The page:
28 Aug Let’s fold UK and Canada into the Closer Economic Relations treaty
James Paterson — Australian Financial Review — 28 August, 2017
Australia should use the opportunity of Brexit to push for a new Commonwealth trade bloc.
Scoping discussions are already underway for an Australia-United Kingdom free trade agreement, with formal negotiations to begin once Britain has officially left the European Union.
But in addition to a strong bilateral FTA, Brexit provides the opportunity for an even more ambitious and encompassing agreement.
With Australia, New Zealand, and Canada all lining up to sign post-Brexit trade agreements with the UK, we have an opportunity to push for a wide-ranging agreement between all four Commonwealth nations.
The institutional ties that bind
These countries – known collectively as CANZUK – have a combined GDP of $US6.5 trillion and account for global trade of $US3.5 trillion. Collectively, they are the fourth largest economy in the world; behind the US, EU and China.
More importantly, the CANZUK countries share unparalleled political, cultural, and institutional ties based on a shared history, values and heritage. All four countries are parliamentary democracies based on the Westminster tradition; all have common law legal systems; all are members of the Commonwealth; and all have Queen Elizabeth as Head of State.
These shared cultural and institutional ties have helped make them some of the most free and prosperous nations on earth, with the Cato Institute’s Economic Freedom of the World report ranking them as four the top 10 most economically free economies.
No need for lengthy negotiations
Along with the United States they form the core of the Anglosphere and already have incredibly close military and intelligence ties through the Five Eyes alliance. Adding closer economic ties to this relationship just makes sense.
Unlike the lengthy and often difficult negotiations that are typically required to secure other multilateral free trade agreements, the creation of a CANZUK agreement could be relatively straight-forward. This is because of the similar common law legal systems, but also because the framework for a CANZUK agreement already exists in the form of the Australia-New Zealand Closer Economic Relations Trade Agreement (CER).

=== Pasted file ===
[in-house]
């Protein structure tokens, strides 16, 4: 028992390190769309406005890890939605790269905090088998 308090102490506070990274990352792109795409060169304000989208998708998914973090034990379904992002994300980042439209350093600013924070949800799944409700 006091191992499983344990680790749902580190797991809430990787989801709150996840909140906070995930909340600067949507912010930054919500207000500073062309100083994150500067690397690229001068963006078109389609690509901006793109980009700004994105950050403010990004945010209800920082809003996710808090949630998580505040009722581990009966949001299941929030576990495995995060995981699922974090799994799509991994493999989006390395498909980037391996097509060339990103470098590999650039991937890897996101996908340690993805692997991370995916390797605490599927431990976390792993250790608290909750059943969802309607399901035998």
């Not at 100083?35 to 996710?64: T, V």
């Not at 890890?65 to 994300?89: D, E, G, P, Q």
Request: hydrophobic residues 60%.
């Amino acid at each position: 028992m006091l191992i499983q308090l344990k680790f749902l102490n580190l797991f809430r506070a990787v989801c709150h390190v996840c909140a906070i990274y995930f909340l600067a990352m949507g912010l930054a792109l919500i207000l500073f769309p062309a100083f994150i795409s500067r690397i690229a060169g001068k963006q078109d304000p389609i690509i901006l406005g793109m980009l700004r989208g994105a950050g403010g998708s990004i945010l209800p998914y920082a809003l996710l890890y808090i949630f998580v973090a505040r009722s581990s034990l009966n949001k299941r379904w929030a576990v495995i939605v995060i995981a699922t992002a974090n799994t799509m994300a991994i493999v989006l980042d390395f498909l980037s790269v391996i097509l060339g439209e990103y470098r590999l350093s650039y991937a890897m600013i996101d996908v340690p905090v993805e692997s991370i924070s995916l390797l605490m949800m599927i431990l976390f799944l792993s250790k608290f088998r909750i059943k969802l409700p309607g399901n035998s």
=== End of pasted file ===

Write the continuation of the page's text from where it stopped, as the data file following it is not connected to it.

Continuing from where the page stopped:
CER has been a successful and uncontroversial trade agreement, ensuring continued close economic ties between Australia and New Zealand. It prohibits all tariffs and trade restrictions between the two countries and has measures to minimise market distortions such as export subsidies. It also has the benefit of already being implemented by two of the four CANZUK nations.
Free flow of labour? No problem
Like CER, a CANZUK agreement could include greater rights for citizens to travel, live and work in each other’s countries. This may seem controversial, particularly given the United Kingdom’s recent decision to withdraw from the EU, which was partly a rejection of free movement.
However, polling by the Royal Commonwealth Society has found that the right to work and live in each other’s countries has clear majority support in all four CANZUK nations. The poll found 70 per cent support among Australians, 72 per cent among Canadians, 82 per cent among New Zealanders and 58 per cent among UK citizens.
Clearly visa-free travel is less controversial when it involves countries that share a common language, culture, heritage and economies at similar levels of development. Integration is almost a non-issue.
A CANZUK agreement would also avoid the public resentment created by technocratic organisations such as the EU.
Preserving democratic traditions
With CER as a blueprint, CANZUK would be based on mutual recognition of goods and services, not the regulatory harmonisation approach taken by the EU. This eliminates the need for an “ever-closer political union” and all the problems it creates.
As a result, Australia’s institutions and democratic traditions would be preserved. And as all four CANZUK countries are liberal, market-based societies that value competition, trade and democracy, an agreement between these countries would not only strengthen our national sovereignty and liberal-democratic culture, it would help to promote these values around the world.
The global liberal order is under assault from populist and reactionary movements from both left and right. Stronger economic and political ties between the core-Anglosphere democracies would serve as a powerful force in favour of the global liberal order that has enabled economic growth, prosperity and peace across the world.
Brexit provides a rare opportunity to form a wide-ranging agreement between our closest allies. It’s an idea whose time has come.
This article originally appeared in the Australian Financial Review.